Hungary’s foreign minister, Péter Szijjártó, has revealed that Hungary is currently not negotiating the purchase of Eastern vaccines. This means that in addition to Pfizer, Russia’s Sputnik V and China’s Sinopharm will also be missing from the next vaccine shipments arriving in Hungary. While current reserves will certainly be sufficient for the foreseeable future, the long-term supply of vaccines remains a pressing issue.
“We are currently not in talks with either the vaccine producers of Sputnik or Sinopharm about new shipments to Hungary. The next shipment of vaccines “will definitely not include Eastern vaccines,” Minister of Foreign Affairs and Trade, Péter Szijjártó, has told broadcaster ATV.
Szijjártó also revealed that both Sputnik and Sinopharm suppliers have fulfilled the contracts they had previously signed with Hungary.
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The foreign minister’s answer is particularly important, as in recent days several Hungarian media outlets have asked whether Hungary is in possession of the necessary supply of vaccines for the long-term protection against Covid-19.
It is clear from Szijjártó’s answer that Hungary cannot expect any further doses of Eastern vaccines at the moment. Moreover, as a result of the government’s earlier decision, Hungary will not receive additional shipments of Pfizer vaccines in the framework of the EU procurement, which is by far the most popular type of vaccine among Hungarians. According to the head of the Prime Minister’s Office, Gergely Gulyás, “It was a wise and responsible decision by the government not to participate in the second round of EU vaccine procurement” since Hungary has bought enough vaccines. Gulyás added that “Even if everybody asked for Pfizer as the third jab, we’d have enough to go round.”
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While there is undoubtedly plenty of vaccines available in Hungary at the moment for those who want to get a jab, in the long term (in the event of a possible fifth or sixth covid wave), it is rather unclear exactly where the government will be able to obtain the millions of vaccines likely needed in the future.
Large amount of vaccines in stock
Thanks to EU purchases and the millions of vaccines purchased separately from Eastern countries, in addition to the low vaccination willingness that has been going on for months, there are plenty of vaccines in stock in Hungary.
According to official information, there are currently 10 million doses of vaccines available, 80 percent of which are Western (e.g. Pfizer, Moderna, AstraZeneca, or Janssen). In addition, there will be a shipment of five million vaccines ordered by the government on top of the existing 10 million, which will also be exclusively Western vaccines.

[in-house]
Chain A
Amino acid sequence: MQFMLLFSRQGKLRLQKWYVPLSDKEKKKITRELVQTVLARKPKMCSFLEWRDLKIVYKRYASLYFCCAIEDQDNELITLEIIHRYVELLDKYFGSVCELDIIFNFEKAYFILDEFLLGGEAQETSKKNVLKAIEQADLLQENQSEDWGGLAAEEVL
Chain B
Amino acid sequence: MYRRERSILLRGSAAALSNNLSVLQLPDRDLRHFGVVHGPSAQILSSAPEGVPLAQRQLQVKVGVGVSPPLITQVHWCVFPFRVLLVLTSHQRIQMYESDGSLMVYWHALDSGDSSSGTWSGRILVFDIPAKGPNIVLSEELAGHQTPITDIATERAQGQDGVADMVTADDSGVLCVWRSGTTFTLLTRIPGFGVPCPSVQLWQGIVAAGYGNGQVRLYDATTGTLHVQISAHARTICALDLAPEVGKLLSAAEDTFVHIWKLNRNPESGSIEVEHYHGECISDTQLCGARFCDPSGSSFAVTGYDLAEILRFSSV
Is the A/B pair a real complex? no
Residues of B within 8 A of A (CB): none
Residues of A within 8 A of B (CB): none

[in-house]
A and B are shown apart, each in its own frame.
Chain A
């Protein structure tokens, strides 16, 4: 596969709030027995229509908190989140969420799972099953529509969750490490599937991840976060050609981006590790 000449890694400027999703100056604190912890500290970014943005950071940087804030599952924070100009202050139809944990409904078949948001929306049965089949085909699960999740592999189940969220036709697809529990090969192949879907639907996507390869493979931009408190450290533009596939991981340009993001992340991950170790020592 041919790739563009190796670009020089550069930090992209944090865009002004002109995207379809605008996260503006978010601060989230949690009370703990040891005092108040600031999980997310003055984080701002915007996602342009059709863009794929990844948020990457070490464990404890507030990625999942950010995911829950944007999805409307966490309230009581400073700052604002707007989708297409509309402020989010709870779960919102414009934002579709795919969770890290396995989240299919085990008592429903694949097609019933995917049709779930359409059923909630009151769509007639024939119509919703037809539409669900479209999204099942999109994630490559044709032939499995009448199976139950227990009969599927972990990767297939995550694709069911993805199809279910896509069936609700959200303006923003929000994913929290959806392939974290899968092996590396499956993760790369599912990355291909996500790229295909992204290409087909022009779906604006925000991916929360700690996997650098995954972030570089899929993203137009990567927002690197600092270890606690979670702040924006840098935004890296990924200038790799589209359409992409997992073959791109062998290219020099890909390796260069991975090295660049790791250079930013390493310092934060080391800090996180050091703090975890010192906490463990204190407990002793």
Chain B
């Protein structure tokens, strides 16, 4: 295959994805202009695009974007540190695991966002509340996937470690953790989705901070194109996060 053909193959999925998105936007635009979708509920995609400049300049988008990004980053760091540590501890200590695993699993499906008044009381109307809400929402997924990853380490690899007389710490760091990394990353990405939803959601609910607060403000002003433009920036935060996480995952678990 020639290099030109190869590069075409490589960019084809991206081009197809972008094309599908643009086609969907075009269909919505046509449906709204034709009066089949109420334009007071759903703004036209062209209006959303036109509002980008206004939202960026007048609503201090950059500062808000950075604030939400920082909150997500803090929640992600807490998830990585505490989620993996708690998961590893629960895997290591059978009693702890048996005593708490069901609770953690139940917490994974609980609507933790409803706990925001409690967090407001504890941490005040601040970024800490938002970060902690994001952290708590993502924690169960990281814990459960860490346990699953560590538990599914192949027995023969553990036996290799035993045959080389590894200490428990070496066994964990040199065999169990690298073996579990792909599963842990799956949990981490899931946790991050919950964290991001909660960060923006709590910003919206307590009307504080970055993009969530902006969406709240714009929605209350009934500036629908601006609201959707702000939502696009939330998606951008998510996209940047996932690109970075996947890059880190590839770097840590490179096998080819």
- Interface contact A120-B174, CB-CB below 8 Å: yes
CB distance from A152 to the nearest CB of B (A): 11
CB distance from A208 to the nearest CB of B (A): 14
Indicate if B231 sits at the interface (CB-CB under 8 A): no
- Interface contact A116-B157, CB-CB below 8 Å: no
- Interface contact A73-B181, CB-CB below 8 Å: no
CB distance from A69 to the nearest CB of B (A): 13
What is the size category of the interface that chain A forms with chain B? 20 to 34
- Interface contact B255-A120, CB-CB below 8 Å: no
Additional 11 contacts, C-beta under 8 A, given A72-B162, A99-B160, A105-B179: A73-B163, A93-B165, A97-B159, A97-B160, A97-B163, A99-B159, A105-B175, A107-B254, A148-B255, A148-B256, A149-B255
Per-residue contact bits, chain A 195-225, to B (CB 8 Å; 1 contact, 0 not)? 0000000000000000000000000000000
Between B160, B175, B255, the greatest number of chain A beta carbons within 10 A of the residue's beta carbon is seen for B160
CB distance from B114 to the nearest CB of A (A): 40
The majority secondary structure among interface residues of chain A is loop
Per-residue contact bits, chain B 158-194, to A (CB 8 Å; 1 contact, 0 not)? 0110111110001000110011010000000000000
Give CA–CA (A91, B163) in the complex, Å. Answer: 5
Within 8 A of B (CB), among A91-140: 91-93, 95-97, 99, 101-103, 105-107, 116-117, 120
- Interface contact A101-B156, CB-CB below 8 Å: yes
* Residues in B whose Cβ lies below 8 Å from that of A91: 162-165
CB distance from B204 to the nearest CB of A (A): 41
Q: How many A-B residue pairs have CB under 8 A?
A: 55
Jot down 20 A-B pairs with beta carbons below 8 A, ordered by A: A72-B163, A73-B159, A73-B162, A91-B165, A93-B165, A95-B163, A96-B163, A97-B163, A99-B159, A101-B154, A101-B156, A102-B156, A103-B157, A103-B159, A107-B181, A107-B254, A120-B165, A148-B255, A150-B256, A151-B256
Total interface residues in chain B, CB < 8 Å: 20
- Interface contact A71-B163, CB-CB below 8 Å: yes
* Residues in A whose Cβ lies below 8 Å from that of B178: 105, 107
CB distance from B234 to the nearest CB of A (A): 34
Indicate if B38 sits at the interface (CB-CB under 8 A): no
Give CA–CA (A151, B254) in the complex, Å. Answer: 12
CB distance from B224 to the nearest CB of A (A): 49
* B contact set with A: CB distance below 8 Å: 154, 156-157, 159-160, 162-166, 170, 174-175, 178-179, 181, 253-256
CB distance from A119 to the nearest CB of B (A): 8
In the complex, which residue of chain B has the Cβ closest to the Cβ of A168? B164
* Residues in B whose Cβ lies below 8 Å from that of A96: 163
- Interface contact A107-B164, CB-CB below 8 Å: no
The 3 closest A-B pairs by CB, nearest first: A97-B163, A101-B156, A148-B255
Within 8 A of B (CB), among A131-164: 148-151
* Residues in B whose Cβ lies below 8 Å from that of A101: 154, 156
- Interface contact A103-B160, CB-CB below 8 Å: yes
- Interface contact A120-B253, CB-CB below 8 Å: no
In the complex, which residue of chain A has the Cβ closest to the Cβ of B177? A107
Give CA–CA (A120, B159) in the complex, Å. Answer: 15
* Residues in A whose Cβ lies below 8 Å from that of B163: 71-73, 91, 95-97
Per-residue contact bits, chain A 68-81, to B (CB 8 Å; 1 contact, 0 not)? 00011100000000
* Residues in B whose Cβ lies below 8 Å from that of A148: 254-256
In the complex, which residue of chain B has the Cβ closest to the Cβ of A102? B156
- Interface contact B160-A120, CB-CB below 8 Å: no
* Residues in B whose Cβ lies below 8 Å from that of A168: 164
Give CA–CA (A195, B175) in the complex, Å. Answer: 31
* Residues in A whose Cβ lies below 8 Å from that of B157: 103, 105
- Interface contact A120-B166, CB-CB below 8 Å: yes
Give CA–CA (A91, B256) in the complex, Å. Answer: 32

The government justified its previous decision to opt out of the EU’s vaccine deal it signed with Pfizer in May, precisely by arguing that the supply of vaccines is more than enough especially in light of the deceleration of the Hungarian vaccination program. Hungary will therefore be able to cover the demand for vaccines from existing supplies, even if a third booster shot is later needed.
Since May, however, many things have changed. After a relatively peaceful summer, by the autumn it became increasingly clear that the vaccination coverage against the new delta variant, which was approaching 60%, would not be enough, and it also became clear that the booster shot would play an important role in the curbing of the virus.
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Therefore, the government tried some measures to boost people’s willingness to get vaccinated, which has fallen sharply over the past six months. A new vaccination campaign started this week, but a few weeks ago employers were even granted the right to unilaterally choose to require their employees to be vaccinated against COVID-19. So far, these attempts have fallen short of any real results.
However, if the government achieves its goal in the coming months and vaccination hesitancy does decrease, and the repeated use of booster shots also becomes a part of our lives, Hungary’s current plentiful vaccine supply looks a lot less inexhaustible.
Additionally, Hungary is set to receive only one more shipment (240,000 doses) of Pfizer, by far Hungary’s most popular vaccine, which has around 3.5 million doses in stock.
Gov’t strategy builds around Hungarian vaccine plant
The Orbán-led government’s long-term strategy to secure vaccine supplies is clearly to set up its own vaccine factory and ensure a safe supply through domestic production.
The government has also stressed that it will ensure that the factory can be expanded to produce a variety of vaccine types if necessary. What exactly this means is not yet known. It is unclear whether the scientists working there will be able to produce, for example, mRNA-type vaccines.
The only thing certain is that Hungary has already made agreements to receive the technology necessary to produce the Russian Sputnik V, and the Chinese Sinopharm COVID-19 vaccines.
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However, the question remains: how many Hungarian people will be willing to get vaccinated with these, given the controversial reputation of Eastern vaccines and the lack of international acceptance?
Featured photo illustration by Zoltán Máthé/MTI